0
$\begingroup$

I'm working through some optimization questions and I got stuck, and ended up with the wrong answer. The question is:

There's a garden that needs to be enclosed, you have $60$m of fencing, one side is against a house so you need to enclose only three sides, maximize the area.

So what I did was,

Constraint: $2x+y=60$

Maximize area = $xy$

$$y = 60 - 2x$$ $$f(x) = x(60-2x)$$ $$= 60x-2x^2$$

$$f'(x) = 60-4x$$ $$= 4(15-x)$$

Now this is the part where I'm confused, I know that $y = 60-2x$, but how do I solve for $x$? I used $x = 15$, which gave me the wrong answer.

$\endgroup$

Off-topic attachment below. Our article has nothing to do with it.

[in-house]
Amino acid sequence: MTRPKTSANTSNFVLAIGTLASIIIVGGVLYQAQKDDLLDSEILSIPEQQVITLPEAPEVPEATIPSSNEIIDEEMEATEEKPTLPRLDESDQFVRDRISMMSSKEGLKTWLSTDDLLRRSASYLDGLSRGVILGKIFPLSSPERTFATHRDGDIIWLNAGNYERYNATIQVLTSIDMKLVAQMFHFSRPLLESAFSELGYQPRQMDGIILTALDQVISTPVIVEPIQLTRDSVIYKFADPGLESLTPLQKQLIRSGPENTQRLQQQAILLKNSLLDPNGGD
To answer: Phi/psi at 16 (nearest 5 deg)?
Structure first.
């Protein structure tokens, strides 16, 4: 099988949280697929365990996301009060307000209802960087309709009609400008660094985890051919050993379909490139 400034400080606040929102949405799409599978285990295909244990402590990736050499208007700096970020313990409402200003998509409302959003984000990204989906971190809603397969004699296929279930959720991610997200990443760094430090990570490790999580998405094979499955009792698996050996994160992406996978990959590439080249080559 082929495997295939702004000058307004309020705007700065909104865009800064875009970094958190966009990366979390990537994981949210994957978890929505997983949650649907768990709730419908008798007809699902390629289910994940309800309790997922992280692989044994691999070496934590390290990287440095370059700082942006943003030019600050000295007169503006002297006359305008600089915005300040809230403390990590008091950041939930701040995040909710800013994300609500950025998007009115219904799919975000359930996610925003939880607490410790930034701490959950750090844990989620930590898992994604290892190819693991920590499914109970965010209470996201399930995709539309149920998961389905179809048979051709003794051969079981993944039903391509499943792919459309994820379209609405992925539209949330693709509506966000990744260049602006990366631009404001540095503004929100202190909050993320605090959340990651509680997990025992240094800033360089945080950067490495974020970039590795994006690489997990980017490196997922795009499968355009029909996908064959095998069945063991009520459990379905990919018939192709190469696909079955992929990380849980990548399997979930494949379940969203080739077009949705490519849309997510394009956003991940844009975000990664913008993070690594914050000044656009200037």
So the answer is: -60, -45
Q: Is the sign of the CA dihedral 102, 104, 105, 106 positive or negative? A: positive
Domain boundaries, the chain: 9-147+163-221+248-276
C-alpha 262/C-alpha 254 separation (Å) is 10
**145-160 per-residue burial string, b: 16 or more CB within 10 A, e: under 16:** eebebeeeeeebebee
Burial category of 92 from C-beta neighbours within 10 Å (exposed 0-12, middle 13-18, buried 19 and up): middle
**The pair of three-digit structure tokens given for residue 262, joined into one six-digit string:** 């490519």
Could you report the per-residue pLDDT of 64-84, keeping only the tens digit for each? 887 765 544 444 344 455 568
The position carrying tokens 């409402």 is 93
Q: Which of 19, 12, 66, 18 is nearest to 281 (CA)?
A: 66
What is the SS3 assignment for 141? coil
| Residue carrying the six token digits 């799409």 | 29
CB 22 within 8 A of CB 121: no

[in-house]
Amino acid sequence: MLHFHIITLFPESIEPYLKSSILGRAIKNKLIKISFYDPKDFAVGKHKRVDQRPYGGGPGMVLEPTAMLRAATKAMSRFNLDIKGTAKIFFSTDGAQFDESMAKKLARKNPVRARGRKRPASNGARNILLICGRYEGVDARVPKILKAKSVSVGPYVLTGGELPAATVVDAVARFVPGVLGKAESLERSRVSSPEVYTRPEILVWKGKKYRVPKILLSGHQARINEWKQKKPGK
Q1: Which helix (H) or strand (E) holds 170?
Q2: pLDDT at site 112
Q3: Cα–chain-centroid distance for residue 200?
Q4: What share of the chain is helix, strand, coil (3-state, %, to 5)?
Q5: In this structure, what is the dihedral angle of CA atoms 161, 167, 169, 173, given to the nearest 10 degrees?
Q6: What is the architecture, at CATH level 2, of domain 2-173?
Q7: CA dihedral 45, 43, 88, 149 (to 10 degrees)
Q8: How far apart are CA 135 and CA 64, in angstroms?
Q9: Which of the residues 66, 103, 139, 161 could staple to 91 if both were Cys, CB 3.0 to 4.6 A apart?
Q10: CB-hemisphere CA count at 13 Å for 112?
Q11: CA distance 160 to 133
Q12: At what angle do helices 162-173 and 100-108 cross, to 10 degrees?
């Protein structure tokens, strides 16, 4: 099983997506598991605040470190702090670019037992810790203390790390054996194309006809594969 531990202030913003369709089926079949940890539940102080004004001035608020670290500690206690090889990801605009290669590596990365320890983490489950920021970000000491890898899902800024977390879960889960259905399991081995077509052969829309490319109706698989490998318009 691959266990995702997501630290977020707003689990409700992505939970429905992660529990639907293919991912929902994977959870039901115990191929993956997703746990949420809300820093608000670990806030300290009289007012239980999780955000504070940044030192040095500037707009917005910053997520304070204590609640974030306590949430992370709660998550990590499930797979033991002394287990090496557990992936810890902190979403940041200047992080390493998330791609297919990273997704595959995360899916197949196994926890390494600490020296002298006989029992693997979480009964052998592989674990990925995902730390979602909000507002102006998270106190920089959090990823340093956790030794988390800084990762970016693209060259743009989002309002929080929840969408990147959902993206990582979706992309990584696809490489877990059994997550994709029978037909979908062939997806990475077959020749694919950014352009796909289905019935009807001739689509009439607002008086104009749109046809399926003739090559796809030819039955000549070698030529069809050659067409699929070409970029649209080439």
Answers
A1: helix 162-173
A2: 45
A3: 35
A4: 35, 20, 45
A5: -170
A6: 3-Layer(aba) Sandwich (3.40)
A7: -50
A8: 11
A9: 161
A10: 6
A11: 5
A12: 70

• $\begingroup$ Why do you think that x=15 is the wrong answer? $\endgroup$ – DJohnM Apr 4 '13 at 3:21
  • $\begingroup$ The shape is restricted to rectangles, I assume. Another way to verify is to consider that $(2x)y$ is being maximised, while $(2x)+y$ is fixed. This means $(2x)=y$ at maximum. Again gives $x=15$. $\endgroup$ – Macavity Apr 4 '13 at 3:37
1
$\begingroup$

Your work is correct but not complete.

The function for area starts at $0$, for $x=0$, and is positive for $x>0$. Until $x>30$, where the area becomes negative.

Setting the derivative, $60-4x=0$, gives one point, $x=15$, where the area must be a maximum. Substituting, the area is $15\times30=450m^2$

$\endgroup$

Your Answer

By clicking “Post Your Answer”, you agree to our terms of service, privacy policy and cookie policy

Not the answer you're looking for? Browse other questions tagged or ask your own question.